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wes o isved ys b ve cdentare icit. tadirectv now. stream all your entertainment! anywhere! anytime! can we lose the 'all'.
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there's no cbs and we don't have a ton of sports. anywhere, any... let's lose the 'anywhere, anytime' too. you can't download on-the-go, there's no dvr, yada yada yada. stream some stuff! somewhere! sometimes! you totally nailed that buddy. simple. don't let directv now limit your entertainment. only xfinity gives you more to stream to any screen. the future of the global financial system is a big topic here at the world economic forum. barclays ceojes staley speaking to cnbc this morning. >> we believe the banks need to atone for the mistakes, the transgressions made going into the financialclays is prepared t
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price. >> joining us is tim adams from the institute for international finance, a group that represents banks around the world. welcome. >> good to be here. >> have banks sufficiently atoned? i feel like the tide has completely turned and banks are the darlings. >> it's amazing. it's been an eventful decade since the crisis. we raised a tremendous amount of good capital, more liquidity, less leverage, changes in the boardroom. it's a different industry than ten years ago. >> what do you put the rally in the stock prices down to? there's lots of question marks whether it's the simple change in interest rates or whether people are pricing in hopes for deregulation, and earlier today jes staley felt that dodd frank and the volcker rule will not change at all? just greater certainty with respected to regulation and regulatory outlook.
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i think the industry wants certainty and not constantly worrying about regulatory changes. >> have you seen a change in the system? >> we are seeing that banks are a part of the solution. we can play that role. >> the banking picture in europe is that still struggling? i know we removed one of the headwinds from deutsche bank with that settlement with the doj, is it still a tough structural environment? >> it's still a tough structural environment, a downward sloping yield curve, unlike the u.s. there's no capital markets, it's a banked economy. we need strong, profitable banks. >> what about steve mnuchin going on capitol hill today before senators, some say he could face a tough hearing especially as it relates to his bank's role in the mortgage crisis what do you know about him? >> he's a pro. everything i heard about him, he's a good banker, he knows his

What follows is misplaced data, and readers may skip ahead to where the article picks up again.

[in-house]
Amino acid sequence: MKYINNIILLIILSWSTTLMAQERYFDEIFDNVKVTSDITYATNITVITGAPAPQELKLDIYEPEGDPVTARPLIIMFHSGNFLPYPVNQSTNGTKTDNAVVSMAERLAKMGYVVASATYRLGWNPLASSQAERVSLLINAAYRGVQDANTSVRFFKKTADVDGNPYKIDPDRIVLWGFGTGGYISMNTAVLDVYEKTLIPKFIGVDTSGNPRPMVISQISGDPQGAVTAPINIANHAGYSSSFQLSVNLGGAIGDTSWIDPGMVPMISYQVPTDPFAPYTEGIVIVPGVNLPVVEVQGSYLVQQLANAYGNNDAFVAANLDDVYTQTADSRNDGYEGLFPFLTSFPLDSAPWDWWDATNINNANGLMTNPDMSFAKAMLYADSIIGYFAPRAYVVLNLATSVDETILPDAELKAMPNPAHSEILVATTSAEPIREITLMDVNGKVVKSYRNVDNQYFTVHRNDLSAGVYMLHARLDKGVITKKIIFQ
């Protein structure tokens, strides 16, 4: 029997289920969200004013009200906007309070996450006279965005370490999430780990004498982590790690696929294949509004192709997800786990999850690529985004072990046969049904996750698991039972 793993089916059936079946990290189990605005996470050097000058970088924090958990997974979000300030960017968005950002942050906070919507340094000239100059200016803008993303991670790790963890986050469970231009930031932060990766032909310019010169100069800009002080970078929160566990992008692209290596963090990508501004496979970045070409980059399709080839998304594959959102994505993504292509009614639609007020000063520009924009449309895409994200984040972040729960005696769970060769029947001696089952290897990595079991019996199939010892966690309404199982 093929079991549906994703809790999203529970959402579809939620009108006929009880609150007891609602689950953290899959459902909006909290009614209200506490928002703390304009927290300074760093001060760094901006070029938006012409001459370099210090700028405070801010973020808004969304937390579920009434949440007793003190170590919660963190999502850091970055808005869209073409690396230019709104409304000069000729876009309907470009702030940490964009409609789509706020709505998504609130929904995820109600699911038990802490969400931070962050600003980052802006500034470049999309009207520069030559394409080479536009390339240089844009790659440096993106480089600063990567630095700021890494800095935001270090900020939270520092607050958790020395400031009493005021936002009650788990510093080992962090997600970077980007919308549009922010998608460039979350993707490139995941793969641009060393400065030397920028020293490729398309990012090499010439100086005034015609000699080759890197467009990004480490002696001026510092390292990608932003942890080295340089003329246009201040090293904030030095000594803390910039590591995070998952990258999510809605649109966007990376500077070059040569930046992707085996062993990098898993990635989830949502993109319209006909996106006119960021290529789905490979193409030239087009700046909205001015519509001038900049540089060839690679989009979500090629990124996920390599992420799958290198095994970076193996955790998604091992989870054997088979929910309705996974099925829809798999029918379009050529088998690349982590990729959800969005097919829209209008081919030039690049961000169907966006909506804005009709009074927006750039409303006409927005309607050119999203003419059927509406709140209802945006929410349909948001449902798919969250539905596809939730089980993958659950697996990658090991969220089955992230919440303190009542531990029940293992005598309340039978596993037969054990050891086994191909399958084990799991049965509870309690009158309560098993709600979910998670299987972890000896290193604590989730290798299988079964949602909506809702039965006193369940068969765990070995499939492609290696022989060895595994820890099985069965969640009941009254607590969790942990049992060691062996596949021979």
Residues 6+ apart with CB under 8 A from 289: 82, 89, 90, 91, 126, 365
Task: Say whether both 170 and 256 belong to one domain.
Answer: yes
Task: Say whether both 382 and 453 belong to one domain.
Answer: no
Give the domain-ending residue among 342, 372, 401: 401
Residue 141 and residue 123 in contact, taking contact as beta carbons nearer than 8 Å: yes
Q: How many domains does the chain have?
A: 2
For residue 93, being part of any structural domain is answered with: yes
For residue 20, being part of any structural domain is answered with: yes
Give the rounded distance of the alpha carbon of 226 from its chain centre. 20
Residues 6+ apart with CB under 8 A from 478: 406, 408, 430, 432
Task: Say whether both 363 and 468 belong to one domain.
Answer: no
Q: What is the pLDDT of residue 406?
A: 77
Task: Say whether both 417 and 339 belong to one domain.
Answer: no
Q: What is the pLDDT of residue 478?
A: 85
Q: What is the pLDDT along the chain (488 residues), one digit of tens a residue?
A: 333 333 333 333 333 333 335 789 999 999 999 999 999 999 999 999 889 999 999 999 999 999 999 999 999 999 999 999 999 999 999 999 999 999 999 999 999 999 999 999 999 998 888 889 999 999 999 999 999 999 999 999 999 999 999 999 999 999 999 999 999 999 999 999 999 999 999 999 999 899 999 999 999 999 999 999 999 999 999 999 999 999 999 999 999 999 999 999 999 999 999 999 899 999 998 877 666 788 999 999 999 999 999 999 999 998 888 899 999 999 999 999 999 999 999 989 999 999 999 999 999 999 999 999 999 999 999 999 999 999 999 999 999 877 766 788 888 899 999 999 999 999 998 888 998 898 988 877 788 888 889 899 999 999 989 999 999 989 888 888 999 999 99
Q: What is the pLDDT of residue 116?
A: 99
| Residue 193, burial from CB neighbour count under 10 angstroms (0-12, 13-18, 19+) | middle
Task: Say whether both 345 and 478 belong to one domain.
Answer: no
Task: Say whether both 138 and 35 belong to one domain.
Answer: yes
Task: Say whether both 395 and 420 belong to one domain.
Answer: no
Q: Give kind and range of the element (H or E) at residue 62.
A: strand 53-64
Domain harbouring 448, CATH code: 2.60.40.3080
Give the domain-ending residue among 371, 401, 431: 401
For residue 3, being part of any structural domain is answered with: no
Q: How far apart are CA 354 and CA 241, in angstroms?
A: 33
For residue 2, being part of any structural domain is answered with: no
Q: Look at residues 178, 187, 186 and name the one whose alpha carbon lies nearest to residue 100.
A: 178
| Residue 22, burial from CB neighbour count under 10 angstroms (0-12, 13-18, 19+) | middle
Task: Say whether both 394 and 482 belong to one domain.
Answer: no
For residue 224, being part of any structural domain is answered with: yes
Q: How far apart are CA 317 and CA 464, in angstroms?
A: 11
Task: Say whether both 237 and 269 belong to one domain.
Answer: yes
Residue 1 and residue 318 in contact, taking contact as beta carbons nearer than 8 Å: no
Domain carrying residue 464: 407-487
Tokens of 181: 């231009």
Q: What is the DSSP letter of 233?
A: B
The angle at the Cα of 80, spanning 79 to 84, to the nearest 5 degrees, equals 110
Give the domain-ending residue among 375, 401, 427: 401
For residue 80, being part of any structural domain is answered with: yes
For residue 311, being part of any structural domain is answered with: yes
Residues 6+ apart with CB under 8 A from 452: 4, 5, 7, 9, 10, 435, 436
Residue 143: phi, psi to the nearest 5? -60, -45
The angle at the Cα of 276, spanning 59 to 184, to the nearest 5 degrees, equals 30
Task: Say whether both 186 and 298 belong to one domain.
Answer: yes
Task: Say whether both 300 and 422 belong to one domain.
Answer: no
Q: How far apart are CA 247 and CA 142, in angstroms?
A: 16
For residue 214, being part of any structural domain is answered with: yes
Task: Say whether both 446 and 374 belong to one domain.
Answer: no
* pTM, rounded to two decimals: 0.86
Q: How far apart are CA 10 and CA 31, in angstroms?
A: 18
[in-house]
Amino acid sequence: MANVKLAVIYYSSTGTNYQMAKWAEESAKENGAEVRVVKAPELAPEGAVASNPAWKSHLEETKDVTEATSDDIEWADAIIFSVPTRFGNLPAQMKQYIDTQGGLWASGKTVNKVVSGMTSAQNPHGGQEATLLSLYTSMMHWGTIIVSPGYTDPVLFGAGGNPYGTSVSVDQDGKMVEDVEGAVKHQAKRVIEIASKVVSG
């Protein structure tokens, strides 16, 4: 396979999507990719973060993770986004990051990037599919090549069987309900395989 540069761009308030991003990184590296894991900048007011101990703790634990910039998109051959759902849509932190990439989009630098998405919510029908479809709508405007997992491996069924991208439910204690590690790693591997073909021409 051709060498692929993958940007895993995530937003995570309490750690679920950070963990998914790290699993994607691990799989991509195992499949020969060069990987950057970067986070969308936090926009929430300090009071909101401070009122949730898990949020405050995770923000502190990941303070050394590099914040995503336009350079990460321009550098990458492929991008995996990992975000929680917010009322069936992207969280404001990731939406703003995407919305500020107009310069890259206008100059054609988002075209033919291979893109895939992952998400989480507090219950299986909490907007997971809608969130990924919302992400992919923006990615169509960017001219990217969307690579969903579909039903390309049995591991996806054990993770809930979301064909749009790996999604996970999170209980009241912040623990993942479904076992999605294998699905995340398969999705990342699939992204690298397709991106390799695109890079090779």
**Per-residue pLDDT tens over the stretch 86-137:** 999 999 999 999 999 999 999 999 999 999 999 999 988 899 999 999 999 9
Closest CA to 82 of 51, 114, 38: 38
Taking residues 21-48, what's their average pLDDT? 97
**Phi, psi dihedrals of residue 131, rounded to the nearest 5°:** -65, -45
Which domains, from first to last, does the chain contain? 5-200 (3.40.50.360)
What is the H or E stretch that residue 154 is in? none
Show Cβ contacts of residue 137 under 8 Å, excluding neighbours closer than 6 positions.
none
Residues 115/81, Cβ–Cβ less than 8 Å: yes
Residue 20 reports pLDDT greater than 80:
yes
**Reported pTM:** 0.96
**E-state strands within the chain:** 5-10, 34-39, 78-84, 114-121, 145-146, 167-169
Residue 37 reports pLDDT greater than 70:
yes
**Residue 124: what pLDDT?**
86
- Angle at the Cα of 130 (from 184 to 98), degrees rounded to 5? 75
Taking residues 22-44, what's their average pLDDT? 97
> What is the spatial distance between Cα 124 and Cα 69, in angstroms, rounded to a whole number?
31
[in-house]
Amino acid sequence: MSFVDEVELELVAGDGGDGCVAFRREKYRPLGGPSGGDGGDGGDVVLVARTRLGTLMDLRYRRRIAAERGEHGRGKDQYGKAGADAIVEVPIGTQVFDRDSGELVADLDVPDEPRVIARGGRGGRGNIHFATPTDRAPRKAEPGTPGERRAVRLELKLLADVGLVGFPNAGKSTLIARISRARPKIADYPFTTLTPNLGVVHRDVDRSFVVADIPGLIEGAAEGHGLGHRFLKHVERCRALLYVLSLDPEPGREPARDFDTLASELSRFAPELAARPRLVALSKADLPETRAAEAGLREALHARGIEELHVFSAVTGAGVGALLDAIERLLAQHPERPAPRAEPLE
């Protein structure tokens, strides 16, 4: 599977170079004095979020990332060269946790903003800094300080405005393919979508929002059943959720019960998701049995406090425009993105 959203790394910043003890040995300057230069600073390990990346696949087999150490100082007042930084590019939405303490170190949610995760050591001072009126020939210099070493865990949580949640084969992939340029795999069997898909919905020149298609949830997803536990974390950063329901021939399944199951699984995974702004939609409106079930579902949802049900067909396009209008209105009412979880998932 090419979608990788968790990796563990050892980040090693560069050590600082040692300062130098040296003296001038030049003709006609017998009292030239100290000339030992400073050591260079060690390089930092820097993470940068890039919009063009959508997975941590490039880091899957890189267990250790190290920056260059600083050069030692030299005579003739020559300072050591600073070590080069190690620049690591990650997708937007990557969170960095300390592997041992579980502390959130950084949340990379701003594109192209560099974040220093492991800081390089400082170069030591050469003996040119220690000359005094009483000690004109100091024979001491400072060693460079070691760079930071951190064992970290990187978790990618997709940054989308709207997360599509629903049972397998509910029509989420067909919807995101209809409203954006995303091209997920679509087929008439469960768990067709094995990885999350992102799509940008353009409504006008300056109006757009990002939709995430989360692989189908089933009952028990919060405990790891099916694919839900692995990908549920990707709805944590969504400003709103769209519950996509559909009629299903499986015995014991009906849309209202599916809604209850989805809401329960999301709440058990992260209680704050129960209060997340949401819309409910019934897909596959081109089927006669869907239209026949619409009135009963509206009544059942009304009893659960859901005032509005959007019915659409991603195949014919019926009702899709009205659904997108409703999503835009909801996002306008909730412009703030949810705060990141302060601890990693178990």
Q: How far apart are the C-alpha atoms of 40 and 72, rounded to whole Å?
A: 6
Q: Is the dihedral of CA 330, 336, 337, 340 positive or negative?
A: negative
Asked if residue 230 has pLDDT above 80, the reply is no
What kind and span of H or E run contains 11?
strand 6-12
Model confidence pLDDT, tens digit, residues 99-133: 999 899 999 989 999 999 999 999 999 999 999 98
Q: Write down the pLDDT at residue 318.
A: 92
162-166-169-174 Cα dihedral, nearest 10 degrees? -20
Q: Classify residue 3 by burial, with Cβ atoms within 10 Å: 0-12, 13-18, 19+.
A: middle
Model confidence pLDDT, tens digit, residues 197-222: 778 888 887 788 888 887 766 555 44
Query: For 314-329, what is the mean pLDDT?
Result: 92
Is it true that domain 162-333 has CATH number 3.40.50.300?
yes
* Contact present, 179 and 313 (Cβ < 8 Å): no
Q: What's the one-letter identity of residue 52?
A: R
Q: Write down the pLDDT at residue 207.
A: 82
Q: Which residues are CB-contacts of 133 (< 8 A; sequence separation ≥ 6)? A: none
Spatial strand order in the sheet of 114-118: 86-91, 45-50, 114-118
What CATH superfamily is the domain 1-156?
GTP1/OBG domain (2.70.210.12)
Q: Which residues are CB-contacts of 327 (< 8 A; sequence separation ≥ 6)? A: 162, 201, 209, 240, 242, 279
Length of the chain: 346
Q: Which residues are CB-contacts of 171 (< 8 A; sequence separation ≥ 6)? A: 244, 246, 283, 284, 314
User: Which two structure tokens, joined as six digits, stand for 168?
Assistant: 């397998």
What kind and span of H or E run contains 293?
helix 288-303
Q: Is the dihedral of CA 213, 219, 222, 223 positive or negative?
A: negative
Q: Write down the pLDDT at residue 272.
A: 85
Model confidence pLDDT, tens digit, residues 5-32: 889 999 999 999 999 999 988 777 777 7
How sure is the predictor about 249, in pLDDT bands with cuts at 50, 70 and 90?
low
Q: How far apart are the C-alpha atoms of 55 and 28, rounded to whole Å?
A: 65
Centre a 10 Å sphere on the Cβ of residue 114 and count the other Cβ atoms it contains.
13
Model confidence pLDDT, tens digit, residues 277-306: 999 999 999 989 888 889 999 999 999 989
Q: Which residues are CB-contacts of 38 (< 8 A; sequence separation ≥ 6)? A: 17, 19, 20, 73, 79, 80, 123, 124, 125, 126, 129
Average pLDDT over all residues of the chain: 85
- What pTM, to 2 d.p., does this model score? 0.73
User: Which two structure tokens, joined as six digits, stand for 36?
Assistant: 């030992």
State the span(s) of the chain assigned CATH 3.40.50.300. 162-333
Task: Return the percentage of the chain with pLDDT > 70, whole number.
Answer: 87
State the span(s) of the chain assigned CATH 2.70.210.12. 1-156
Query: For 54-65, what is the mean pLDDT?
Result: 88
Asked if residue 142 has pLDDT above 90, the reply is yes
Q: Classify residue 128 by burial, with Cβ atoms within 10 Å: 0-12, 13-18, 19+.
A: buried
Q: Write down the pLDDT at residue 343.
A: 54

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facts. he has a full inbox tomorrow when he shows up domestically and internationally. >> are you concerned about the other roles? . i know gary well, he's fantastic. he will run a tight ship. others in treasury an other areas also positive. >> investors are watching mnuchin's testimony today, for the markets, his comments on the dollar, long-term treasury. you were formerly in the treasury. what's appropriate in terms of how much he should talk about these things and then rip up the script there past administrations? >> i'm much more cautious than the incoming administration. i wouldn't say anything about the dollar now. with respect to longer maturities that needs to be thought out. he may show a bit of an inkling where they want to go, but they need to do it in a comprehensive
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and thought out process. j when you see the president-elect making comments on his view of the dollar, does that change your view for the currency or is it something out of his control? because there's all sorts of other things, most notably what janet yellen is doing, does that alter your view? do you have a slightly less positive view for the dollar ahead? >> i think more volatility, ultimately it's interest rates, productive productivity, but day-to-day the president may decide to weigh in that's different than we've had over the past several decades. >> what do you want to hear from him today on banks? >> what they want to do with dodd-frank, there's a sense of repeal and replace. bazell 3, where are we going? we are waiting on perspective on how they will finalize those regs. i think it's the tax bill. >> could that be positive for banks if we see a repatriation of banks?